American black bear

I’ve been to a number of parks and campgrounds in the Appalachians, northern Michigan, and the southwest that hinted at the presence of American black bears (Ursus americanus, Ursidae).  These places had bear-resistant trash cans and some had warnings about sealing food out of reach.  When I went to Yosemite National Park a few weeks ago these hints were again present, along with some more explicit warnings:

Bear warning photographed 08/12/2011 at Kings Canyon National Park, California.

That sign was actually photographed at Kings Canyon to the south of Yosemite, but they were at Yosemite as well.  Still, I’ve been teased with the threat of bears many times and I didn’t think much of the warnings.

But then while mulling around Yosemite Falls, I noticed a group of people congregating:

Yosemite Falls photographed 08/11/2011 at Yosemite National Park, California.

I could tell they weren’t marveling at the falls, they were looking at something else:

People staring at an American black bear (Ursus americanus, Ursidae) hiding in a tree. Photographed 08/11/2011 at Yosemite National Park, California.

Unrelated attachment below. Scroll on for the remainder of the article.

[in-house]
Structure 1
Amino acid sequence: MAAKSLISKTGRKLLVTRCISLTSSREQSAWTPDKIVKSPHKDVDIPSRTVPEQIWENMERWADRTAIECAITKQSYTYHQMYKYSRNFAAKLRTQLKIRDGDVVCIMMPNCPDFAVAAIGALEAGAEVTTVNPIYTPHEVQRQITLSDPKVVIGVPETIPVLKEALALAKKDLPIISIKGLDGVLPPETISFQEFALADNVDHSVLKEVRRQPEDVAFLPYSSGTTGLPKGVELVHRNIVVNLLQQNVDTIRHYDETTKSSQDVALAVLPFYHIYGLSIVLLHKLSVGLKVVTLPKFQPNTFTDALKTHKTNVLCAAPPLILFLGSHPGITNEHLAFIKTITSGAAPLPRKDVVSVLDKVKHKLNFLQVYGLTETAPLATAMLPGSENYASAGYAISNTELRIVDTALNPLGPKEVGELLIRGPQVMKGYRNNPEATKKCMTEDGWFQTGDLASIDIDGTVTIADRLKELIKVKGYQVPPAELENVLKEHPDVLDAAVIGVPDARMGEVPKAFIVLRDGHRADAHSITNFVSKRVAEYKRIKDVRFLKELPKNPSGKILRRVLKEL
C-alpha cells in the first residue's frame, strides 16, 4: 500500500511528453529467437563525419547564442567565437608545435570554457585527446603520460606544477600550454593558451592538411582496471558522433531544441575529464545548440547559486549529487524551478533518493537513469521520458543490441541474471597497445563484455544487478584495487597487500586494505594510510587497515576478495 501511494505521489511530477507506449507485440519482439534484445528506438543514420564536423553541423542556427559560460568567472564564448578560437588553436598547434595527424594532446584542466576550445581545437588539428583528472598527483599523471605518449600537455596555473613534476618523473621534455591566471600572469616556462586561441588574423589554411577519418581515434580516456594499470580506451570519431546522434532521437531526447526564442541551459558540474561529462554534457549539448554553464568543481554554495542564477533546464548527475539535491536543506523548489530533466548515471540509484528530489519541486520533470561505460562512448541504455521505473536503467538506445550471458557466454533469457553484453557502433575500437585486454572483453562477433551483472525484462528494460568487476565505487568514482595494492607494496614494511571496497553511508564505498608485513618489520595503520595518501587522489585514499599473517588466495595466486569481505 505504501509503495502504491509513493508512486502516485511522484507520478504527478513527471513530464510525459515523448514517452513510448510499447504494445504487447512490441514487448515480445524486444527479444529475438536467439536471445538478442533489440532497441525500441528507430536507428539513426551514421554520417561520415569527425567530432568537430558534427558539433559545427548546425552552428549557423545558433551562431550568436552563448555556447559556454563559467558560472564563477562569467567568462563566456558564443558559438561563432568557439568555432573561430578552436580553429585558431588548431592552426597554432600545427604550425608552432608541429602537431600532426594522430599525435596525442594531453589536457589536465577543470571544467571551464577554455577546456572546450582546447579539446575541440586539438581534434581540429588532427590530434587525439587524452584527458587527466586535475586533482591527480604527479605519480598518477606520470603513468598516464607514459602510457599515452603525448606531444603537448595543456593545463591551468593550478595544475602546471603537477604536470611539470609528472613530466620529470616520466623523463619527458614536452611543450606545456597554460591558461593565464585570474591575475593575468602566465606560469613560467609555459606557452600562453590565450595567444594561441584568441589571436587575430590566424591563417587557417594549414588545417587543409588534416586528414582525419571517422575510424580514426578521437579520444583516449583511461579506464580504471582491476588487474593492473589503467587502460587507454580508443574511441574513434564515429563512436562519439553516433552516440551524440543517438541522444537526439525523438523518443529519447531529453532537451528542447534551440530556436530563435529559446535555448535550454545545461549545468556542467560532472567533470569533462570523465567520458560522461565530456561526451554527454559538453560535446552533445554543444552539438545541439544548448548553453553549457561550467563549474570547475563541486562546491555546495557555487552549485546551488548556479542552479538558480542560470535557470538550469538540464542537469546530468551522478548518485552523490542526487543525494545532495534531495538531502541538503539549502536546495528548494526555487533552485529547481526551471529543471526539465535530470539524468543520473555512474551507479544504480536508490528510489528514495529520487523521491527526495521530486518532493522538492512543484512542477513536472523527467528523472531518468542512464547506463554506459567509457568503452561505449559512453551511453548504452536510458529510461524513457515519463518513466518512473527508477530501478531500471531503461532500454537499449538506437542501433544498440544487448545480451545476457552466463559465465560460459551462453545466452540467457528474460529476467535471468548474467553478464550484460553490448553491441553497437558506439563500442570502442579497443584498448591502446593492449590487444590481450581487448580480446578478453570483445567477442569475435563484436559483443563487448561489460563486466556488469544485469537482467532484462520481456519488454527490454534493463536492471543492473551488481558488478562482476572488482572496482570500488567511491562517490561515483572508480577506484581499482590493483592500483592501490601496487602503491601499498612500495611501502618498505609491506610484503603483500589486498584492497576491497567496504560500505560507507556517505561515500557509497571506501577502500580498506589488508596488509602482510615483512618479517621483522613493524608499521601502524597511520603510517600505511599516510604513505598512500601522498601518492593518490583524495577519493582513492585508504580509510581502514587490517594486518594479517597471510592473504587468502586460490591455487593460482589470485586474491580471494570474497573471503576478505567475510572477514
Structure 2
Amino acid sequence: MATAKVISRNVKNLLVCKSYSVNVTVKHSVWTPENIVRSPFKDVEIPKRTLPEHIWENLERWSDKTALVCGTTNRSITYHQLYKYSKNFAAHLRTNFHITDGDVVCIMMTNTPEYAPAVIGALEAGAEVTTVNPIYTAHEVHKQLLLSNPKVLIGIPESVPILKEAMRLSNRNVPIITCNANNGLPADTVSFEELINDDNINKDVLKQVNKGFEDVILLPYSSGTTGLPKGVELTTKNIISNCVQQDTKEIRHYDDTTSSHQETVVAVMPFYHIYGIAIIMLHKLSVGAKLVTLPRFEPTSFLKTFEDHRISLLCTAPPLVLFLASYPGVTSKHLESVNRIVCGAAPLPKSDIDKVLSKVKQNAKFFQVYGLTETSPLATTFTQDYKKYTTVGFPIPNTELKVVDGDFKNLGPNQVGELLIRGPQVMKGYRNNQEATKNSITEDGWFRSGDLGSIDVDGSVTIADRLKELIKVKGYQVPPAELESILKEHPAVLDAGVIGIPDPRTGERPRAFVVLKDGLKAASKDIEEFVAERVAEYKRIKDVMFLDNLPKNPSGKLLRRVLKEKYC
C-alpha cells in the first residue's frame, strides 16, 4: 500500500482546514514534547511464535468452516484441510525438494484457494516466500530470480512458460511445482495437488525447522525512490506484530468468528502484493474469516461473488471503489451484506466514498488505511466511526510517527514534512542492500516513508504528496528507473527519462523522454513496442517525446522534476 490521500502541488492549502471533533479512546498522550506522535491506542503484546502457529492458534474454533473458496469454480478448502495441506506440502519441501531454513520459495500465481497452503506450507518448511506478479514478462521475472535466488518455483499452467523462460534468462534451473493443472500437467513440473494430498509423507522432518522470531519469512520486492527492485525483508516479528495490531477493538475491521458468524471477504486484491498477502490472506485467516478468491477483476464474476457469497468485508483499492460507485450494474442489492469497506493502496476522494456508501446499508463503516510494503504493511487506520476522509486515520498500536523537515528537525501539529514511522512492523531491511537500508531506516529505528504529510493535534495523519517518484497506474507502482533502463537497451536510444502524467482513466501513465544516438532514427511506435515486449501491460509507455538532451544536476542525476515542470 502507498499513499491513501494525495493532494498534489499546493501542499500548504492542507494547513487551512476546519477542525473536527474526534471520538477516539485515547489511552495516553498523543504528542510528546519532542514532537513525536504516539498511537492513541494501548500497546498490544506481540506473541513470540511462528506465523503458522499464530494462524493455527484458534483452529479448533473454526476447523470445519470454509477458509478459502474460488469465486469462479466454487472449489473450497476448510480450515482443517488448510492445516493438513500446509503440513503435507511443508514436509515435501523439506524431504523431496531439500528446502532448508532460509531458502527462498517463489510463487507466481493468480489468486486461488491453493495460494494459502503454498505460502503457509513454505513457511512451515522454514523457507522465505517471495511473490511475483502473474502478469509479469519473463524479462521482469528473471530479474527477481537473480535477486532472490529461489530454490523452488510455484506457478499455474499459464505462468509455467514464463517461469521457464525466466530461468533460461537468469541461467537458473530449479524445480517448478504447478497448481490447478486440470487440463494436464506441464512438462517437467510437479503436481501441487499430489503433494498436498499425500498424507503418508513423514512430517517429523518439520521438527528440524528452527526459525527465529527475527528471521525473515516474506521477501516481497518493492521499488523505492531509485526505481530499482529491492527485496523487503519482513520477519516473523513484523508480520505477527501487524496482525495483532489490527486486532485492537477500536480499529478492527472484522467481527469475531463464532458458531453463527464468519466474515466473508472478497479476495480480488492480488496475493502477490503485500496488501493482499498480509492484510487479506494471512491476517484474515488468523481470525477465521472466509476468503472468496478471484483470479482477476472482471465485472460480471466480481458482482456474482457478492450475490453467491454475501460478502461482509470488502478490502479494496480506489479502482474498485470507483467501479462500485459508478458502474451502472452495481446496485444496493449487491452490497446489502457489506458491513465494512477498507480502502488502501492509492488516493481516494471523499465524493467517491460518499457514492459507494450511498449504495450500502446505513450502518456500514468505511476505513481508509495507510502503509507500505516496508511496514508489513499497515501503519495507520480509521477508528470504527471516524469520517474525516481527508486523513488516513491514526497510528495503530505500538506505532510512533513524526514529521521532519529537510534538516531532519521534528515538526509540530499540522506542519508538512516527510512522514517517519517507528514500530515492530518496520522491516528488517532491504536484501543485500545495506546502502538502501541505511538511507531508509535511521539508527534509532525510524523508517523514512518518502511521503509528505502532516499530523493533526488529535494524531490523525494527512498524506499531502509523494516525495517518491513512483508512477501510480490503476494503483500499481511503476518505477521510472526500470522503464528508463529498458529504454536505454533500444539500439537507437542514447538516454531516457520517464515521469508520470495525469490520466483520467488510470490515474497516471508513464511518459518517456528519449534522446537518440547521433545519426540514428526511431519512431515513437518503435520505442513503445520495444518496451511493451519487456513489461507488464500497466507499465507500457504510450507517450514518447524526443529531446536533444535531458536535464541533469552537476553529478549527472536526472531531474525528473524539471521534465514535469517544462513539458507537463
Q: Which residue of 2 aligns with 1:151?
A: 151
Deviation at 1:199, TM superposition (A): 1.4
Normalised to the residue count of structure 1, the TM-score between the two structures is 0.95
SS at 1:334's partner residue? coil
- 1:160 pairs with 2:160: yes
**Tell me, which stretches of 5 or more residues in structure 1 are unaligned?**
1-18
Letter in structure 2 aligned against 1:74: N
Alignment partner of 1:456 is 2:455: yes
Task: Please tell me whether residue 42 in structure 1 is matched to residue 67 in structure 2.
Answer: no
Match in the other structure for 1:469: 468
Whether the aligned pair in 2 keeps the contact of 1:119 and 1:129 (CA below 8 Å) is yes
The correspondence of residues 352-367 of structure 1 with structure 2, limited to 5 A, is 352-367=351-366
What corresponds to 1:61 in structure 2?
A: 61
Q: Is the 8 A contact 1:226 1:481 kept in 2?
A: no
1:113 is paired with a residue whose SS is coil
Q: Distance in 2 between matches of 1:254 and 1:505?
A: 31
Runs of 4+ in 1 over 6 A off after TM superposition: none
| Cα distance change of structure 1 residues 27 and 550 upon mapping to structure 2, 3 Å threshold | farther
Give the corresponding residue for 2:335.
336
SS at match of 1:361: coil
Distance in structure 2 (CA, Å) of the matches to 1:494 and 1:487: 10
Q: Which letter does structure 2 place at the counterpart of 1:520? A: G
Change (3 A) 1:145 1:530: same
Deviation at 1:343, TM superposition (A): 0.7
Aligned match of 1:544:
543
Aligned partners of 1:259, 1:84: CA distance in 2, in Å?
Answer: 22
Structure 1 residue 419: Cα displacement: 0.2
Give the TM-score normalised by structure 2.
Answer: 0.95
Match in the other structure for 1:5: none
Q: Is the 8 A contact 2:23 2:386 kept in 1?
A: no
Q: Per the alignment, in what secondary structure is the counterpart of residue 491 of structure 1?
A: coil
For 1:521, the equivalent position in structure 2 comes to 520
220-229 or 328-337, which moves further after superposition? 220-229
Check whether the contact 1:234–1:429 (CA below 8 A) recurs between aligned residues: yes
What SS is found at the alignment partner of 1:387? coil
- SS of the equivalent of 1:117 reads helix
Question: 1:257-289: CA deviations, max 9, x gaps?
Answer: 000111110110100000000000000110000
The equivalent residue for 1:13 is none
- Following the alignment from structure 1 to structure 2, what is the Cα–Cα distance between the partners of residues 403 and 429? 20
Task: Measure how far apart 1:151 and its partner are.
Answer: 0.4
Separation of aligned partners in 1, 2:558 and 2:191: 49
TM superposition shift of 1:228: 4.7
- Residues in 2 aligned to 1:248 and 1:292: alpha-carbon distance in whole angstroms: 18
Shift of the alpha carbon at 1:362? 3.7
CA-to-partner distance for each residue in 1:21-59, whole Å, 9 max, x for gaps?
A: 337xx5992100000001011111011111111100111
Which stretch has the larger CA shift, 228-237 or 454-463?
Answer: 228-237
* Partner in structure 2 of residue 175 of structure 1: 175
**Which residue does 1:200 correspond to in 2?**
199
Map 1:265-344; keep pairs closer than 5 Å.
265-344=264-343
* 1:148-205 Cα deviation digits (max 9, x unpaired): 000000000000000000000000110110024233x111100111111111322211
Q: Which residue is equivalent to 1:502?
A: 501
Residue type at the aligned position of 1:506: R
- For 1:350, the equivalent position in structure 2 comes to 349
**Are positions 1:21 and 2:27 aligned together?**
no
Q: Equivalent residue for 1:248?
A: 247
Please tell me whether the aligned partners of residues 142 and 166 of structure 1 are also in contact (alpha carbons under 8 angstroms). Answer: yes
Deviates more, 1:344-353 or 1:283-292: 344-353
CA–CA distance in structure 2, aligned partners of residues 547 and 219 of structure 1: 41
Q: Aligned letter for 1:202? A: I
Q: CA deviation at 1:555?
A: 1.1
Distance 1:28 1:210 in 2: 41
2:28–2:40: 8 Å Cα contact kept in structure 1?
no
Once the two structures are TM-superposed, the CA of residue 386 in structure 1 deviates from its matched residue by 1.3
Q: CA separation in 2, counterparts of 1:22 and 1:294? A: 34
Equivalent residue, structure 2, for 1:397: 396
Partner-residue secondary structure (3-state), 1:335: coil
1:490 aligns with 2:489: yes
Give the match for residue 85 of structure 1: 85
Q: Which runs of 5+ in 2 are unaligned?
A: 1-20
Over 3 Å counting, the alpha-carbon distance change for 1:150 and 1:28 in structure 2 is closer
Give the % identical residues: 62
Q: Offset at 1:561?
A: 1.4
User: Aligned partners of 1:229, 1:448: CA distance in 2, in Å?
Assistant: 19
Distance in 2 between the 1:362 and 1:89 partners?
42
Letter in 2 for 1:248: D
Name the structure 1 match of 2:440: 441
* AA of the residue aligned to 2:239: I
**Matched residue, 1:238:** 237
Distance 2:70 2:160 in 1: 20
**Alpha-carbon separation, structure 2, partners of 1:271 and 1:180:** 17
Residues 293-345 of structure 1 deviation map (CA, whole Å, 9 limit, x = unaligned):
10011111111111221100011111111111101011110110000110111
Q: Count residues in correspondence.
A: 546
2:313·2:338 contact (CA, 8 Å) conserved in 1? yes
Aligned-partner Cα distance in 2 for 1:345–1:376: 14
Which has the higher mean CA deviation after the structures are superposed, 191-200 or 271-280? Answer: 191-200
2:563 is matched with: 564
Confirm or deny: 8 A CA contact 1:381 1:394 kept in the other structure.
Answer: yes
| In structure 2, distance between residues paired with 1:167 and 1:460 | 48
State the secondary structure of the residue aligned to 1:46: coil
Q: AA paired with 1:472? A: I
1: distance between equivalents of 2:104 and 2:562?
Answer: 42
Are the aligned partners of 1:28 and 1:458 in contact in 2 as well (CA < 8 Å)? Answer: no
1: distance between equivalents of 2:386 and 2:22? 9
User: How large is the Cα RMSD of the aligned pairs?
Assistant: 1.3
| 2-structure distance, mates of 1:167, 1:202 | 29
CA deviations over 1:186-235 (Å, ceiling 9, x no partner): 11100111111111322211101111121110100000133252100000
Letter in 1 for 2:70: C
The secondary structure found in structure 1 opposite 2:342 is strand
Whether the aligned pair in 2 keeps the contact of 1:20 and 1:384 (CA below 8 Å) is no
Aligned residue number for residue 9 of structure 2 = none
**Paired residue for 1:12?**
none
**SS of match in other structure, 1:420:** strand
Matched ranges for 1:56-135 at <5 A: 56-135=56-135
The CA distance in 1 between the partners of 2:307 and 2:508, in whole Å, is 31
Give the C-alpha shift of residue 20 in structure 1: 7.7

I knew it must have been a bear.  I got a bit closer, but the crowd was too dense to get as close as I would have liked.  I managed to get these sketchy photos of the bear everyone was watching.

American black bear (Ursus americanus, Ursidae) photographed 08/11/2011 at Yosemite National Park, California.

This bear stayed pretty well hidden in this tree, only poking its muzzle and ears out in fleeting instants.

American black bear (Ursus americanus, Ursidae) photographed 08/11/2011 at Yosemite National Park, California.

Estimates put their American population at over 300,000 individuals, but despite this healthy size they’re continually threatened by habitat loss and potentially deadly encounters with humans for their food, trash, pets and livestock (hence the warnings at many parks).

American black bear (Ursus americanus, Ursidae) photographed 08/11/2011 at Yosemite National Park, California.

This one seemed a bit annoyed with the attention, as if it wished everyone would just go away.  Then again Yosemite is one of the most-visited national parks and many bears are probably accustomed to the people, especially here in the busy Yosemite Valley.

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About Jeremy Sell

Science and nature nerd.
This entry was posted in Vertebrate Zoology and tagged , , , , , . Bookmark the permalink.

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